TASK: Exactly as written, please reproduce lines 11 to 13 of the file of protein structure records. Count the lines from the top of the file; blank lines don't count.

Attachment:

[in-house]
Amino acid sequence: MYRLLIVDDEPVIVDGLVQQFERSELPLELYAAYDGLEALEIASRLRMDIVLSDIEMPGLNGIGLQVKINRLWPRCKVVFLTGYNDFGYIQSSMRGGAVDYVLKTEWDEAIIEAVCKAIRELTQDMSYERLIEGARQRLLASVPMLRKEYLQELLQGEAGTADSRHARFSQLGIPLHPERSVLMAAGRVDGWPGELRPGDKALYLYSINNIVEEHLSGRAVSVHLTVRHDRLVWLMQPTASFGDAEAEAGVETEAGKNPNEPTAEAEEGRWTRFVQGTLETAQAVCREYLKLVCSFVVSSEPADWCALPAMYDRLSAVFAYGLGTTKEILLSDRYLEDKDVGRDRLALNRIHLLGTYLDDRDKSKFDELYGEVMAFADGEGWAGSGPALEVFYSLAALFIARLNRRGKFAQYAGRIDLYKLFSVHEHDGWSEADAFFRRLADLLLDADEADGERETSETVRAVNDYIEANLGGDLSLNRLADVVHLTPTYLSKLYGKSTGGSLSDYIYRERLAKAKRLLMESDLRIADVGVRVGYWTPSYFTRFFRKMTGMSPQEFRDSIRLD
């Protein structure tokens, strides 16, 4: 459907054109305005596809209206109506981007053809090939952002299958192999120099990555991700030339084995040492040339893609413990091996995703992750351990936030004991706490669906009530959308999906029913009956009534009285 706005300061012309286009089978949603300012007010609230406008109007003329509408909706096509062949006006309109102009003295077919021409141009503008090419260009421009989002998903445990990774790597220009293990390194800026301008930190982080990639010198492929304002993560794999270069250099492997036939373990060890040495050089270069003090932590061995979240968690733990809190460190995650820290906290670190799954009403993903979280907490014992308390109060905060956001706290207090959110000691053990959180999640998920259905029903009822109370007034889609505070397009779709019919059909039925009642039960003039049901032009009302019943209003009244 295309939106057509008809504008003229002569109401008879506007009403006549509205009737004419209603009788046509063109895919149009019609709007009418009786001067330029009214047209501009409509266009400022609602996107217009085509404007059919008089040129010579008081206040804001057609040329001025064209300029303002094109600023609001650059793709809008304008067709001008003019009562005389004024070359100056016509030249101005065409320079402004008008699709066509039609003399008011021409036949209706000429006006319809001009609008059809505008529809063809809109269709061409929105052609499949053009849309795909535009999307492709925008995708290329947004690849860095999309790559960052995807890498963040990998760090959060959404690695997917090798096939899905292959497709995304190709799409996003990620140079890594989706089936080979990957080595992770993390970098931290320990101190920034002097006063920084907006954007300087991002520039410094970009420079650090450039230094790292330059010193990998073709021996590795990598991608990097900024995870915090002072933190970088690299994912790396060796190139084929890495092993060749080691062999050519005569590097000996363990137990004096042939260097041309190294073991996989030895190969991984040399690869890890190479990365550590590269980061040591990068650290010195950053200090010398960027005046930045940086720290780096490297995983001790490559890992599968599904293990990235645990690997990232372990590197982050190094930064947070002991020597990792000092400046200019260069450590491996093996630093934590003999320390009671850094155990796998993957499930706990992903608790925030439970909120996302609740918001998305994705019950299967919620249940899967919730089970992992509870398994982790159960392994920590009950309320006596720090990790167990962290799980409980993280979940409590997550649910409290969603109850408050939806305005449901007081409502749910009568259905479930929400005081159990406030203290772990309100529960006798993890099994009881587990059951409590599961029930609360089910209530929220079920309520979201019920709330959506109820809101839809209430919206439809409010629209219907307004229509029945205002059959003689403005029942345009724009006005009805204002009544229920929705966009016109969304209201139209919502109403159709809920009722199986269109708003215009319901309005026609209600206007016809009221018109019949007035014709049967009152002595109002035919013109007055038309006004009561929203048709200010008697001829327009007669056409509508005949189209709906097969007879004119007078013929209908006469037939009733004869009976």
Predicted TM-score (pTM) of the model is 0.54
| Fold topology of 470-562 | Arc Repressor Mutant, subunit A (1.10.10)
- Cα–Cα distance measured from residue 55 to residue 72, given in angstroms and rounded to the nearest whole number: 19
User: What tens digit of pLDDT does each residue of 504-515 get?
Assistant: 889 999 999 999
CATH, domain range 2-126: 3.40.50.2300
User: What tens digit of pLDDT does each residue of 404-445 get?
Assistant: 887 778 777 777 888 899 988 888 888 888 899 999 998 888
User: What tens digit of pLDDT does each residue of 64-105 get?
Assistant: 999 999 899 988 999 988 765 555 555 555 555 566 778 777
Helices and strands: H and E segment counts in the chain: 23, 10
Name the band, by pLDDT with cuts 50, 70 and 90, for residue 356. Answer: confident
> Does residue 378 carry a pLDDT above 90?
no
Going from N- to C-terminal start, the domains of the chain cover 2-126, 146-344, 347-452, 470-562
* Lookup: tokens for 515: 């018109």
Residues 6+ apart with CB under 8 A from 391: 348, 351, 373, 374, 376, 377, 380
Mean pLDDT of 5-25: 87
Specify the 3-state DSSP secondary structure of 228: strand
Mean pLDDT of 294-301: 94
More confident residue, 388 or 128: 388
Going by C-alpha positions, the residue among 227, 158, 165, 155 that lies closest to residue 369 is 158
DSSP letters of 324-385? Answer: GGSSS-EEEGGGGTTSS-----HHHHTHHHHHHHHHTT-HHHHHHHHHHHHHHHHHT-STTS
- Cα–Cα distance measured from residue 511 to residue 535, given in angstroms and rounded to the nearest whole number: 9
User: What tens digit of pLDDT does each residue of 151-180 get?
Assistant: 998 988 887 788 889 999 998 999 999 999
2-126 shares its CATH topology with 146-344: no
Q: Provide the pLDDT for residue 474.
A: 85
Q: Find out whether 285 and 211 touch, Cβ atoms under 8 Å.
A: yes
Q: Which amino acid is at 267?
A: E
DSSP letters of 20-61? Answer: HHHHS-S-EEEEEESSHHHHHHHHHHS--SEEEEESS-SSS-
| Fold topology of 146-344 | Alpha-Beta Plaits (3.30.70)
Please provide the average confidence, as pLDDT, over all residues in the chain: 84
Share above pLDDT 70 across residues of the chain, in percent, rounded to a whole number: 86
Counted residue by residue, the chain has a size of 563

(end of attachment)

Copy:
Assistant: 887 778 777 777 888 899 988 888 888 888 899 999 998 888
User: What tens digit of pLDDT does each residue of 64-105 get?
Assistant: 999 999 899 988 999 988 765 555 555 555 555 566 778 777